Ahmer Khan’s future was sealed very early in life, while still a student at Burn Hall School, considered one of the best educational institutions in the Valley. His family wanted him to be an engineer, but fate it seemed had other plans. When he didn’t clear his Physics exams in high school, he had little choice but to drop a year.
That year was the turning point of my life; I realised I could never do what I wasn’t good at,
says 23-year-old Ahmer, who has no regrets about the course his life has taken.
So, what did Ahmer do during his gap year? “I started spending more time with my long-time friend, my camera. Around the same time, Reeve Rixon, a BAFTA award-winning photographer was in the Valley and he liked my work. Before I knew it, I was assisting him for a month on a film. I then started publishing my work in international magazines and news portals (Vice, National Geographic, BBC, and the Guardian, among others). Along with photography, I was also conducting festivals and events for local youth. That year made me realise that I want to be a photo-journalist and conduct world-class events in Kashmir.”
The genesis of LoudBeetle
Ahmer went on to complete his undergraduate degree in Journalism at Baramulla College. He travelled 90 km every day to attend college and come back. More importantly, to pursue his passion. While organising an event during his first year of college, he met Abid Rashid, an avid gamer and winner of the All-India Reliance Gaming Championship. Over a chance conversation, Ahmer and Abid realised that Kashmir had never seen such events. And that’s how they decided to hold the Valley’s first cyber-games championship, and went on to start what is possibly Kashmir’s first event company, LoudBeetle, in 2013.
What’s different about Loud Beetle?
Ahmer recalls how the cyber-games championship was a huge success. He says,
For the first time, after the Junoon concert (2008), the Valley witnessed the enthusiasm and potential of over 600 youth. Given the fact that public events were almost non-existent, even government officials congratulated us on this feat. Their support bolstered our confidence and we wanted to do more. We knew there were exciting times ahead.
The Kashmir Cyber-Games Championship has now completed two successful seasons. Ahmer then started to think of more ways to engage and mobilise Kashmiri youth and expose them to the kind of events that were happening in other parts of the country. Around the same time, Abid moved on to his next venture, MyRahat.com, and Ahmer’s childhood friend, Samiullah (24) stepped in to take charge.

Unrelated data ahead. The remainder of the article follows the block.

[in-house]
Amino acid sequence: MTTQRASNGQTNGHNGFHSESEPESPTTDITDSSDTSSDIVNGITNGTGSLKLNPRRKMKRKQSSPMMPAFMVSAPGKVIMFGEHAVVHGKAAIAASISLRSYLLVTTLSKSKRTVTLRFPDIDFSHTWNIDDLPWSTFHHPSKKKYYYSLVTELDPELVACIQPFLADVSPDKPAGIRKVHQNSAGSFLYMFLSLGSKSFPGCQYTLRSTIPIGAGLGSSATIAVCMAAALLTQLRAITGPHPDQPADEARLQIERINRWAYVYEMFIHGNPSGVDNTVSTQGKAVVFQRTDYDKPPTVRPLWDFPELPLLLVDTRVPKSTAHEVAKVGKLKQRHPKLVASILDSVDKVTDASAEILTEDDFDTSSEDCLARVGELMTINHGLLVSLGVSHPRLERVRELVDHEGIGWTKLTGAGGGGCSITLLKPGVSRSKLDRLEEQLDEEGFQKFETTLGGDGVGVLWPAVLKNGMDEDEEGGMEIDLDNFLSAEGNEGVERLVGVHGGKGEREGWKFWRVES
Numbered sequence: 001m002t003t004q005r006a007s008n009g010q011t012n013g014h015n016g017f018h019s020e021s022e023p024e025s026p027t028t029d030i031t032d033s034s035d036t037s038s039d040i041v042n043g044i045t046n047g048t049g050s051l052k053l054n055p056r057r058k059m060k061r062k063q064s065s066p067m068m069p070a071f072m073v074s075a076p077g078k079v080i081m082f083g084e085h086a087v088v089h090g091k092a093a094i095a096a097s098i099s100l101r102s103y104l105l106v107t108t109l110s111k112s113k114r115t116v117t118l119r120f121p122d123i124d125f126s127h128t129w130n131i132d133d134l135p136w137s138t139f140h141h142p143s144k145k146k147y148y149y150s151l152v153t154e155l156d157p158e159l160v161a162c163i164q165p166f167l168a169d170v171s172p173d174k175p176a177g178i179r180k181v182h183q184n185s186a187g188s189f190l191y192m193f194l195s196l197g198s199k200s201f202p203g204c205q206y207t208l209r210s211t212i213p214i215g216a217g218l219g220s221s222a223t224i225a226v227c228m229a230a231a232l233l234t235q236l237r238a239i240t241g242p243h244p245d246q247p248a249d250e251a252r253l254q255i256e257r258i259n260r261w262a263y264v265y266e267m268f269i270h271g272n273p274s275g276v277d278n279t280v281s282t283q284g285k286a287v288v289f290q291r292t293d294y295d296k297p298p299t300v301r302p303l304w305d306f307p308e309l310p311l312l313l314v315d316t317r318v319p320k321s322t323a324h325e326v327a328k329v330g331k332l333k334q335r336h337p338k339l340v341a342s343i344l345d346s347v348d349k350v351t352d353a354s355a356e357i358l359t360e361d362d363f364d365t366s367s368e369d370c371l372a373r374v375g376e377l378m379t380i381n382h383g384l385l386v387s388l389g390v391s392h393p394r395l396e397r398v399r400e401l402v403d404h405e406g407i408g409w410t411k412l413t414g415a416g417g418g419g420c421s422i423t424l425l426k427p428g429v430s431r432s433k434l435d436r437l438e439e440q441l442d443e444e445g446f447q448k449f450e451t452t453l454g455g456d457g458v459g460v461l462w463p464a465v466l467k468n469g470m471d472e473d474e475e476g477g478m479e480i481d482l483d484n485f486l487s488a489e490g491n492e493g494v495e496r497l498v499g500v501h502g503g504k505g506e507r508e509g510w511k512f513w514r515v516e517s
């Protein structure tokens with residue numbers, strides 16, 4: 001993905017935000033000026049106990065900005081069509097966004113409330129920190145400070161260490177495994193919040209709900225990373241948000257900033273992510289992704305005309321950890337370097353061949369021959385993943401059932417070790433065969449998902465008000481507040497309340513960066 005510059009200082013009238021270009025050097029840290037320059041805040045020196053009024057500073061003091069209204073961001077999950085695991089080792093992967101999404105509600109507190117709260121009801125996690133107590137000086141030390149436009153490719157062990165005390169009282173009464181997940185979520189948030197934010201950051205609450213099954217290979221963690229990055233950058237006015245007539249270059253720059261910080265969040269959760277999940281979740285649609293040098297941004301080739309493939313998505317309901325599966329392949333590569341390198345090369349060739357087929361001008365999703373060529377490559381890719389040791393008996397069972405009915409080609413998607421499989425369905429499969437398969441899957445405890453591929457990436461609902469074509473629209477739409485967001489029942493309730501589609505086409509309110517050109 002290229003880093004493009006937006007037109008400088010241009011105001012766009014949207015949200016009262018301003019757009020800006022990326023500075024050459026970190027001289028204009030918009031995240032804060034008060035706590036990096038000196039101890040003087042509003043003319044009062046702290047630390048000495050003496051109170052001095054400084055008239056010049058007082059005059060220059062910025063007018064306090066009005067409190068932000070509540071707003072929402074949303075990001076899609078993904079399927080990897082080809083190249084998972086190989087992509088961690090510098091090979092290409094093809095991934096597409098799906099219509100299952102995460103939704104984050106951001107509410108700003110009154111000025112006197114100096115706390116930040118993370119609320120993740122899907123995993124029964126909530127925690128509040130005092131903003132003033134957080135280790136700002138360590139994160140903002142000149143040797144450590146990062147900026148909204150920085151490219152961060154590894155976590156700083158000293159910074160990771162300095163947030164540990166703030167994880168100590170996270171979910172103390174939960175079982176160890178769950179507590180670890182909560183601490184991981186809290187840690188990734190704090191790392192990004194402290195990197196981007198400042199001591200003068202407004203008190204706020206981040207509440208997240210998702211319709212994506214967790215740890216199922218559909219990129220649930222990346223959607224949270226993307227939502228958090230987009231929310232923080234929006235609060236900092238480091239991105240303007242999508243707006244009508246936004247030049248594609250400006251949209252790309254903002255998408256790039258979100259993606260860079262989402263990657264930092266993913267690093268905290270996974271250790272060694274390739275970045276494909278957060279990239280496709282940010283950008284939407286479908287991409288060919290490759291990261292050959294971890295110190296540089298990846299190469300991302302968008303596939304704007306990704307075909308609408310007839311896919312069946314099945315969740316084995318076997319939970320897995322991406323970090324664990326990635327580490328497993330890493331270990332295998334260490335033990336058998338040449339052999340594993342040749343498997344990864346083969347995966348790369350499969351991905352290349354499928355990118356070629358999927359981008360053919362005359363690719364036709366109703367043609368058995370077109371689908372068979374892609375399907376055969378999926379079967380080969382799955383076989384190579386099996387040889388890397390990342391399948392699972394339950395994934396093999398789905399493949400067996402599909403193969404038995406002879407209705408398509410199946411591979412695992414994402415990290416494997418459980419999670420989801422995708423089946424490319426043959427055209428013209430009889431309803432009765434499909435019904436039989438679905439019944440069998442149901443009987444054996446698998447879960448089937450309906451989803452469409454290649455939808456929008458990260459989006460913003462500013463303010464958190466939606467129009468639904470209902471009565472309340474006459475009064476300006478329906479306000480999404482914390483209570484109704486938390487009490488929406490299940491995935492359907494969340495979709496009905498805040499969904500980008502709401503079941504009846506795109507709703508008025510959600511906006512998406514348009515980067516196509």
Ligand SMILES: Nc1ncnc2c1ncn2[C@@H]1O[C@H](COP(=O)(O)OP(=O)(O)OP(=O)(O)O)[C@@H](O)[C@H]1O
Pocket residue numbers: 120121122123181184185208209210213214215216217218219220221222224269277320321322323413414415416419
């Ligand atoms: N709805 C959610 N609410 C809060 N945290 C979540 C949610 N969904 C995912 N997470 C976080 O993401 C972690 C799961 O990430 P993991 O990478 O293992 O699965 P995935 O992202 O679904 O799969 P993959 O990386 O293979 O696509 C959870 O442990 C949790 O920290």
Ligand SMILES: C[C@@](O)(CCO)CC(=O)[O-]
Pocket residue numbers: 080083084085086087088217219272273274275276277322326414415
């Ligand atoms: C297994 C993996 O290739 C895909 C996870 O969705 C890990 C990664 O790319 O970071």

The duo went on to conceptualise events such as the Sky Lanterns Festival and Snow Festival, which even attracted artists from the US and the UK. They also held several drug de-addiction campaigns.
In 2014, LoudBeetle held an international film festival playing 30 films from 8 countries, in a bid to introduce the Valley’s youth to world cinema. The film festival opened with Kashmir’s first film – a black and white production from the 1950s. But, unfortunately, the event didn’t receive the kind of response Ahmer and Samiullah hoped for. Ahmer says,
People were only keen on watching Kashmiri films; they were disappointed. That was also a cue that we needed to have more such events; our youth needs to diversify its perspective, and open up to what’s happening globally. Only then can we all, together, re-imagine Kashmir.
The same year, the Valley witnessed the most devastating floods, which cost the state more than its GDP. LoudBeetle stepped up almost immediately and collaborated with Kashmir Art Quest, an art gallery and initiated a month-long showcase in New Delhi titled, ReSTART. The event received Rs 8 lakh in profit, which was disbursed to pre-identified families through SOS Kashmir, a partnered non-profit.
Making a mark in the Valley
As much as LoudBeetle is about making a difference to the Valley and engaging its youth, it’s also about fun and creating new records. Ahmer says, “In July 2015, Alexandria in Egypt broke the Guinness Book of World Records for the longest iftar spread that hosted 7, 000 people. It got us thinking, why not attempt something similar at the Asia level.” He further says,
The larger idea was that Islam is a religion known for humanity and unity and by enabling a public event like this, we could display the essence of what a community can achieve by coming together.
And a month later, Loud Beetle organised a 1.6 km long chain over ‘dastarkhans’ (a dining cloth) with the scenic Dal Lake as the backdrop. Over 3, 500 Kashmiris were treated to biryani, juice, dates, and fruit – all free of charge! Nearly 130 volunteers were involved in this effort, and it was perhaps the first time Kashmir had witnessed such unity. This was also Asia’s longest iftar.
Crafting Kashmir’s tomorrow
From films to cyber-games, from fundraisers to celebrations, Ahmer has shown endless possibilities to Kashmiri youth in a mere two-year span. He says,
Two years ago, we were one of the first event-management companies in the region. But today, I can say with pride that at least 20 more have sprouted. The Valley is slowly moving forward because the perception of its youth is changing.
This year, LoudBeetle is planning a Kashmir Young Leaders Summit, which will bring together leaders of the Valley, such as young entrepreneurs, youth, artists and journalists who will show the world the “other side of Kashmir.”
In small and significant ways, LoudBeetle is showing Kashmir, a glimpse of its own potential.
How this 27-year-old artist is rolling the Kashmir canvas across the world
Meet Ruveda Salam – a doctor and Kashmir’s first woman IAS officer
On track to progress – Kashmir gets 4 new trains for easy connectivity within state